Timed to the unveiling of the Martin Luther King, Jr. National Memorial, this week’s Washington Post‘s On Leadership roundtable explored King’s leadership legacy and where we stand today in fulfilling his vision for the nation. They asked me to write an opinion piece.
In reflecting on celebrations of the new monument commemorating the legacy of Dr. Martin Luther King, Jr., I get queasy. I get the same uneasy feeling whenever the King holiday rolls around. The reason is that these become occasions when speakers and pundits routinely tarnish King’s dream.
Nearly 50 years ago, Dr. King spoke of his dream that racial inequality—as well as other forms of inequality—would dissipate with time and people would be judged only by “the content of their character.” “Injustice anywhere is a threat to justice everywhere,” he wrote in his famous Letter from a Birmingham Jail.
Many people think they are leading toward Dr. King’s dream in politics, education, business and other social domains when they argue against separating people into categories by race, ethnicity, gender or sexual orientation. They worry that highlighting these different social identities is the antithesis of King’s vision. They say we can’t treat people based on the content of their character (or their qualification for a job or political office) if we remain focused on the color of their skin or the sound of their accent.
But few things pose a greater threat to King’s dream than this drive toward “oneness.” Pretending that differences don’t matter is not the same as having differences no longer matter. The push to make us all just human has two benefits for people who espouse it. First, it’s comfortable because it avoids the hard work of negotiating differences. People retreat to the familiar place of just assuming that “deep down other people are just like me.” But a lot happens on the way down to deep. Peoples’ background and experiences, many of which are shaped by their social identities, make them not at all “like me.” And that means that if we really want to get to the place in which our differences are unimportant, we must roll up our sleeves to do some work, starting with an honest exploration of how we are different.
Our society is made up of people with vastly divergent experiences, perspectives, backgrounds and talents. Often those differences are defined by the structural inequality that exists today, just as it was in King’s day. A Gallup Poll of more than 1,300 people nationwide found that 90 percent of whites and 85 percent of blacks think civil rights for African Americans have improved in their lifetimes. Yet wide gaps between blacks and whites remain in average income levels, and access to housing, education and employment. Similar statistics can be found to make the case for gender and class inequities. And a few sound bites from contemporary debates on gay marriage reveal how far we are from treating people of different sexual orientations equitably. On the positive side, differences that are well embraced can generate the breakthrough innovation, community cohesiveness, and the commitment to making society extraordinary rather than merely ordinary.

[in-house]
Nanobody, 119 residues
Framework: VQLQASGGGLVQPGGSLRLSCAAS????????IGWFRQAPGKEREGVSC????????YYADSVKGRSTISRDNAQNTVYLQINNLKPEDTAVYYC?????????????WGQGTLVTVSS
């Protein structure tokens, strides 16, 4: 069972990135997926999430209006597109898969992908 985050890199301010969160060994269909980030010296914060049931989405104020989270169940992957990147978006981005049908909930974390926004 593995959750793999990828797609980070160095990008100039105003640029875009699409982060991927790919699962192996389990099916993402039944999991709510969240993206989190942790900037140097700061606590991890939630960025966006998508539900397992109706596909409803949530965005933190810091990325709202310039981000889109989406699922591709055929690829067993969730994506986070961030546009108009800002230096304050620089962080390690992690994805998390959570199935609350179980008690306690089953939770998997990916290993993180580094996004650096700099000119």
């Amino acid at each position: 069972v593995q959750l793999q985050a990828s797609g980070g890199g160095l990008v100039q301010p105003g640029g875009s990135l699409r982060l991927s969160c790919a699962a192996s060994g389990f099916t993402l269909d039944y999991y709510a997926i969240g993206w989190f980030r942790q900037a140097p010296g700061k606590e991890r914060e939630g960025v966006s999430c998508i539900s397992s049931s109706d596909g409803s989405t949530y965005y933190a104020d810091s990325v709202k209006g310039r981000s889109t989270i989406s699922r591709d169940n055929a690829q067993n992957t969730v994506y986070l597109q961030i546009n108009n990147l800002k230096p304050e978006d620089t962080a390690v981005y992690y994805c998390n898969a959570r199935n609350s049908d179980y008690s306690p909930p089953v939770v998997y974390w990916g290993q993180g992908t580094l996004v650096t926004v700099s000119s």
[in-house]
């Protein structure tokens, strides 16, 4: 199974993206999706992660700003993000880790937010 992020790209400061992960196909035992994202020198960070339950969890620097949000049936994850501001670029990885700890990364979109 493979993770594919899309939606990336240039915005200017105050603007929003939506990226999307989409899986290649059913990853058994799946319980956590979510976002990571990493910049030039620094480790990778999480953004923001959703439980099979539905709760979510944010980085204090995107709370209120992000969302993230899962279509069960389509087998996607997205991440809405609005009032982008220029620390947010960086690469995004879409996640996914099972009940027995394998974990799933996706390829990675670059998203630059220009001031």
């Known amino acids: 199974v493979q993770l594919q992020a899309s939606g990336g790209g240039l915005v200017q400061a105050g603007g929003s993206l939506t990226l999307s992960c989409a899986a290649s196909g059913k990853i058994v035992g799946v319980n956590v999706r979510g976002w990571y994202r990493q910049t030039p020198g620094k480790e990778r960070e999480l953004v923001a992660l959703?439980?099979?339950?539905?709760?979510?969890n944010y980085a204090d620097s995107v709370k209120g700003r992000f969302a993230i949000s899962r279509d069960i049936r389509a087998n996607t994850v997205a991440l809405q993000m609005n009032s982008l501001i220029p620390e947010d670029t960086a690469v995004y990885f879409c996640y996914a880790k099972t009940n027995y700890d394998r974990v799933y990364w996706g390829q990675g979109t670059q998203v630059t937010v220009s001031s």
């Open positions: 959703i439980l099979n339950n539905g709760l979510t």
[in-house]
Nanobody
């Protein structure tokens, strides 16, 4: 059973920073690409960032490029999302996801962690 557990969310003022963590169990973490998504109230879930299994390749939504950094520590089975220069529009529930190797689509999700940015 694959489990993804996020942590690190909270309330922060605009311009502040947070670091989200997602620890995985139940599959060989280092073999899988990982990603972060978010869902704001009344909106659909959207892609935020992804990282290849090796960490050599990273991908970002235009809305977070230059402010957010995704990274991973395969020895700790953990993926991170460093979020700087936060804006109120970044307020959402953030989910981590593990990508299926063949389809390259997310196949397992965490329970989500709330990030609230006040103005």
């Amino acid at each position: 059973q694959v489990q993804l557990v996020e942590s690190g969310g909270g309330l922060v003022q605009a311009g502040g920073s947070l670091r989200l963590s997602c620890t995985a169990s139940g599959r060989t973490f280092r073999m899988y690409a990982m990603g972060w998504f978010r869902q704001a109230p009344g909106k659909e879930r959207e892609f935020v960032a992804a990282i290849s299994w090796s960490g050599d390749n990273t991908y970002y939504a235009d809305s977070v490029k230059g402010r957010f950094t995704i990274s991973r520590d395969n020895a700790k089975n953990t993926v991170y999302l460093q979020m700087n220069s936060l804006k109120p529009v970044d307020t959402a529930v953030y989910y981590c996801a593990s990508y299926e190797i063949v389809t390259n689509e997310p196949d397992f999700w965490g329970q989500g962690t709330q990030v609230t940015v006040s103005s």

The drive toward oneness—toward “we’re all just human beings”—tends to discount both facets of difference. It rewrites the story of structural inequality as one in which the Promised Land has been reached. We hear things like, “We are post-racial.” “Discrimination is not as bad as it used to be, and it’s getting better.” “Young people don’t worry about this stuff the way the older generation does.”
This denial infuriates people who live a life in which their experience of being disenfranchised is glibly attributed to them being oversensitive. And it creates privileged but vulnerable people who think they live in a world where everything is really getting better, leaving them unequipped to deal with the discontent of the disenfranchised. The drive toward oneness also deprives us of the opportunity to come up with new ideas and perspectives because it makes it undesirable, or even dangerous, to express a novel and unusual way of seeing the world. It becomes bad to be unique.
Of course, it is possible to foster divisiveness by overemphasizing differences. Poorly executed diversity initiatives like hiring or admitting candidates based too heavily on skin color or gender is not good for a company or school, nor is it usually good for the person of color or the woman who enters the institution. Overemphasizing social identities can relegate people who are different to being seen (and feeling like) one-dimensional aspects of the people they truly are. King’s dream comes to fruition only when we neither ignore nor overinflate the importance of social identities in how we engage differences, whether in neighborhoods or schools, businesses or government agencies.
Getting to King’s “content of their character” place requires more than just leveling some metaphorical playing field. This place of clarity, in which people truly see one another for who they are, comes from being willing to engage—not avoid—our differences. It comes from letting go of the mindless habit of looking for similarity and commonality, and cultivating the ability to open oneself up to looking for and learning from difference. This is the leadership charge we should hold before us as we memorialize Dr. King’s legacy.